Archetypes. A project for the Brazilian City

Sacconi, Davide (2022). Archetypes. A project for the Brazilian City. PhD thesis The Open University.



In the endless field of urbanisation, where every resource, every person, every thought and relationship is put to work for a single end, for the production and reproduction of capital, can architecture still have a critical and projective role? Can architecture still resist the all-encompassing managerial logic of the masterplan that flattens political conflict to a false dichotomy between bottom-up and top- down approaches?

Responding to this question this thesis proposes the archetype as a conceptual and methodological tool to reclaim the relationship between architecture and the city, between built form and the desires, hopes and ambition of emerging collective subjectivities.

This thesis revisits and challenges the canonical typological discourse, understanding the archetype in opposition to type. If the type is an abstraction that imposes norms and behaviours, the archetype is a paradigmatic built form that, through its material presence, establishes an explicit rule that can be accepted or refused. In other words, the archetype makes the conflicts that constitute the city legible and thus frames the possibility to imagine and practise alternative forms of life.Archetypes emerge in response to specific conjunctures, when the shifting of politico-economic conditions demands the reorganisation of power relationships, opening the possibility for the reappropriation of territories and establishing new modes of dwelling.

The notion of archetype is investigated within the context of Brazil where, due to the specific geographical and historical conditions, colonisation operated by strategically deploying archetypes. Instead of the all-encompassing order of the grid, paradigmatic forms gave organisation and orientation to the conflicting forces constituting the territory.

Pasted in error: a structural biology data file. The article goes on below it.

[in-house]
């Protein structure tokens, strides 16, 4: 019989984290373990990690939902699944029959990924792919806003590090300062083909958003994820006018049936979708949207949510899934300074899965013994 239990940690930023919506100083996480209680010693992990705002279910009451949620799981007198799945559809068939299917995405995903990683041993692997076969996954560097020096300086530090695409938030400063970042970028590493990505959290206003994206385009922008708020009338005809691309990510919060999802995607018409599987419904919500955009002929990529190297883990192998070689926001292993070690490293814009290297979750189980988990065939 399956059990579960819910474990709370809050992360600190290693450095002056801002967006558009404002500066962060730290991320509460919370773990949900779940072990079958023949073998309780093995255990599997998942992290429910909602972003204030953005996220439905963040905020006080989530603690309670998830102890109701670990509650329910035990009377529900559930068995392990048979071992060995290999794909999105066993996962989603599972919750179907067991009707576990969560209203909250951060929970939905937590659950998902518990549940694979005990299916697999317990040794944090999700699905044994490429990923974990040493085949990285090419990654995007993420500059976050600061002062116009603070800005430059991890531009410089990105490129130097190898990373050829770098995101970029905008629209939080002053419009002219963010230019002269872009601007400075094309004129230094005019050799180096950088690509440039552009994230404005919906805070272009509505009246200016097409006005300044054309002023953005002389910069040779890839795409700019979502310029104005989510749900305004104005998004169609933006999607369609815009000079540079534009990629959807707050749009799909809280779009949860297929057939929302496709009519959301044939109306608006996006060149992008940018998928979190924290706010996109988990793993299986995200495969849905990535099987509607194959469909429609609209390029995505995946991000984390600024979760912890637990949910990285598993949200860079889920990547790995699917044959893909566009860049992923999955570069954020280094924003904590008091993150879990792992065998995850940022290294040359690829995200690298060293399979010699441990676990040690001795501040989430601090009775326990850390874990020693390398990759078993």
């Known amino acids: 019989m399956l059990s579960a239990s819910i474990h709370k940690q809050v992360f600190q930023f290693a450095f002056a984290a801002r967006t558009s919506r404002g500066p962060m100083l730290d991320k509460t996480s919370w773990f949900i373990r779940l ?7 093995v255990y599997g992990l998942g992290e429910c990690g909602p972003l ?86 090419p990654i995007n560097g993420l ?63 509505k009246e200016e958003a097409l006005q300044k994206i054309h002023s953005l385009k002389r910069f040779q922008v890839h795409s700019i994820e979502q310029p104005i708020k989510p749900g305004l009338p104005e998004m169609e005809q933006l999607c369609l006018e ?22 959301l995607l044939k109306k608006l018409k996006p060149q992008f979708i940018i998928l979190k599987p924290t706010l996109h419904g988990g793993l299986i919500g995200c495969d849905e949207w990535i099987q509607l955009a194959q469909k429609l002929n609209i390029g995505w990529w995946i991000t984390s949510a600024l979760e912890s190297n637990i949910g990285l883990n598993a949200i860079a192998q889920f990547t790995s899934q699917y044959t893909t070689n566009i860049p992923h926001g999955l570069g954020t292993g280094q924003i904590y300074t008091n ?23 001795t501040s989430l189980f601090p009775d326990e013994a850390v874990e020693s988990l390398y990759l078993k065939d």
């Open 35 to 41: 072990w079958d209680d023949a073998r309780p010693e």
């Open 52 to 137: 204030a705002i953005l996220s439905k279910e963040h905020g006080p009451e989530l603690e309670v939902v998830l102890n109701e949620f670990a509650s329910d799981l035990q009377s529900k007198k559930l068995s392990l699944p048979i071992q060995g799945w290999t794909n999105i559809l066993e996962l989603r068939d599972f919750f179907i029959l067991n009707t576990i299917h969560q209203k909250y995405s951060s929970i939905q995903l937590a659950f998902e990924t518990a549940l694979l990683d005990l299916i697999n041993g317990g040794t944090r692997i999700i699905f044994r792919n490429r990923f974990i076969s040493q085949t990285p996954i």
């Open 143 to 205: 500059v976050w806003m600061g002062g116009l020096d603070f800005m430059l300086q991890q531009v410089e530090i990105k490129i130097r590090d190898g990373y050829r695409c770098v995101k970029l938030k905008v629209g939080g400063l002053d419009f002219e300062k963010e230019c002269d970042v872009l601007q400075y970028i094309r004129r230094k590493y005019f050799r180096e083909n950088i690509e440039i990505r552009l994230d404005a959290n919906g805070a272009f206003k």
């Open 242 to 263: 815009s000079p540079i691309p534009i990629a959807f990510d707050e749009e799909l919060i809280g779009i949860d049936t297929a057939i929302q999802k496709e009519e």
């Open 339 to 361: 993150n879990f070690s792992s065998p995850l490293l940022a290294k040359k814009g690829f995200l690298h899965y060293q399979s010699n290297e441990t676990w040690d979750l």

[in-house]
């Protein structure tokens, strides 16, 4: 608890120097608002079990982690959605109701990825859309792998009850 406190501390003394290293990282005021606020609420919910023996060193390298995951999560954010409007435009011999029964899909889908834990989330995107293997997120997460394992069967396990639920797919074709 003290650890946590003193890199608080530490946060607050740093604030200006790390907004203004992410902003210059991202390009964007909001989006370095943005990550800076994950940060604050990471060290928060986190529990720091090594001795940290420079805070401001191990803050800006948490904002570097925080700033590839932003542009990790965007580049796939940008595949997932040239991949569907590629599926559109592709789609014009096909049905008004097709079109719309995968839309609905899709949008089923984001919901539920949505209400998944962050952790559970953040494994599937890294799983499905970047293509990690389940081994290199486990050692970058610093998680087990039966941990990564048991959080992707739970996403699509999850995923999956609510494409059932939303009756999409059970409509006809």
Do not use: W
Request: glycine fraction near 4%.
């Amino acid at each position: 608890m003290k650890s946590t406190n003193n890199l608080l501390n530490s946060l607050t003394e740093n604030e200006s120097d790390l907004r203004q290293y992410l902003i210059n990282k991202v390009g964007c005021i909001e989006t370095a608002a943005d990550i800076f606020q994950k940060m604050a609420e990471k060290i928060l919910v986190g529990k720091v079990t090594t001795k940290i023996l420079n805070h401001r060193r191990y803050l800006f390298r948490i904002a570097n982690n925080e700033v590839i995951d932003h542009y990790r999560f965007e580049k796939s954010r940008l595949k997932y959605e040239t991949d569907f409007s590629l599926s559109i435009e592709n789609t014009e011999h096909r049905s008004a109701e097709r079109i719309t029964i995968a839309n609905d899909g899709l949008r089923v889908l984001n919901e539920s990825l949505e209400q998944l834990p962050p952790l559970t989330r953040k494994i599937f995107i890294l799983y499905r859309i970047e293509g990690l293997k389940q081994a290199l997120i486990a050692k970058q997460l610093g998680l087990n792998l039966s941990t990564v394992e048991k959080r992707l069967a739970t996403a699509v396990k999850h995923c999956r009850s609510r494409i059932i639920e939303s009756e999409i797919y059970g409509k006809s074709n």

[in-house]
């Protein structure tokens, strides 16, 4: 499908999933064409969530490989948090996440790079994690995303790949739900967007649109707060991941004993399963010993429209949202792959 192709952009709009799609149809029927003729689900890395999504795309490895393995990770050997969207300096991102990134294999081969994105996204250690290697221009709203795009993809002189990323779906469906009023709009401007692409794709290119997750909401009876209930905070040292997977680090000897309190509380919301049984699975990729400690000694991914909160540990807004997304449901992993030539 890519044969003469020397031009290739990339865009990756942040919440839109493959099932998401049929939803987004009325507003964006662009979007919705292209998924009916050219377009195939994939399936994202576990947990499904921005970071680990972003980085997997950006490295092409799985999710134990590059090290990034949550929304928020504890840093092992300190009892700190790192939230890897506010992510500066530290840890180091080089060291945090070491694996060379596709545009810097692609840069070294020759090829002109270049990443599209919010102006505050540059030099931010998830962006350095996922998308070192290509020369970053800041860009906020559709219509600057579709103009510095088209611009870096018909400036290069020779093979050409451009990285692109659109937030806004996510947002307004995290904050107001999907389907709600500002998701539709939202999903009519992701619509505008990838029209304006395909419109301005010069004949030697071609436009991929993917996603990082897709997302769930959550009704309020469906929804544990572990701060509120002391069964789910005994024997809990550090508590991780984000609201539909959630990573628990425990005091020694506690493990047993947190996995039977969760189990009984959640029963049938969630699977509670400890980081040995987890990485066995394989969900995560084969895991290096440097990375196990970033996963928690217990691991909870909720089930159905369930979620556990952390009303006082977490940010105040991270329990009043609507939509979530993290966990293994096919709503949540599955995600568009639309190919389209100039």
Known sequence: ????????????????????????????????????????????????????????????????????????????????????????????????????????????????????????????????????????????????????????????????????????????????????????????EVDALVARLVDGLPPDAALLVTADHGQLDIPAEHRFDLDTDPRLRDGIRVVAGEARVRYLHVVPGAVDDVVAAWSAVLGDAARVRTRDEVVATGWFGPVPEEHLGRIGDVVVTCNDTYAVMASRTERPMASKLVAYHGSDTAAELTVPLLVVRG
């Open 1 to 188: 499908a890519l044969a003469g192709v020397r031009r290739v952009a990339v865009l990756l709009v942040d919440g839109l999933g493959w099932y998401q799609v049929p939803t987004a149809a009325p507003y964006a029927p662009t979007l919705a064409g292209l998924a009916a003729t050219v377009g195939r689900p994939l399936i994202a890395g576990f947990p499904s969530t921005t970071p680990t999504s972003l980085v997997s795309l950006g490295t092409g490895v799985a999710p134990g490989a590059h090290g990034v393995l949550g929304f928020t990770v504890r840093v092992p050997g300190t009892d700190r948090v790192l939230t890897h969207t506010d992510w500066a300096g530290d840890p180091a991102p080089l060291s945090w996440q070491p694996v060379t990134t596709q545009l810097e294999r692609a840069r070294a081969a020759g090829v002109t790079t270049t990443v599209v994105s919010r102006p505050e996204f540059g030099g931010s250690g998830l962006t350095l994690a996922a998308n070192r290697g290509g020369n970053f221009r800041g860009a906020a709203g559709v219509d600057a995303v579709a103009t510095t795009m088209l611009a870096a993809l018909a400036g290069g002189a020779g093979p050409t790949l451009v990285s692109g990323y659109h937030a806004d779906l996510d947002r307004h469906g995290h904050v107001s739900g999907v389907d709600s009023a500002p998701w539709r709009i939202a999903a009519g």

This research investigates three examples that epitomise crucial historical shifts: the Jesuit reduction, the avenida and the cover.

In the early period of colonisation the Jesuit reduction is the archetype that emerges from the encounter with the radical alterity of the Brazilian territory and its native people. In the reduction architectural form was the fundamental tool in the construction of the common ground where the project of conversion and colonisation took place.

In the shift between the Empire and the Republic of the late 19th century, the avenida is the archetype through which the alliance of the “coffee barons” and the “creole bourgeoisie” conquered the city, establishing urbanisation as the paradigm for the Brazilian megalopolis.

Finally, the archetype of the cover provided an ambiguous response to the strategy of conservative modernisation and the deployment of capitalism within the colonial structure of the territory. On one hand, the cover celebrated Technic as a promise of development, in the attempt to maintain the chasm between man and land that modernisation was threatening to fill. On the other hand, the gesture of suspension put forward ways of gathering, living and building that challenged a universal idea of Technic and progress, instead offering a form of resistance to the endless expansion of urbanisation.

Building on this conceptual and methodological framework this thesis proposes an archetype of a rural settlement at the fringe of São Paulo’s metropolitan area. Considering that rural territory in periurban areas is one of the key places of conflicts and struggles within contemporary Brazil, the project puts forward an archetype for cooperative production, collective ownership and communal living which could preserve the possibility of a rural life as limit to the all-encompassing logic of urbanisation. Using this reading of the archetype, the project reclaims the power of architecture to operate beyond the logic of top-down or bottom-up approaches, and provide a rule of inhabitation for a collective subject.

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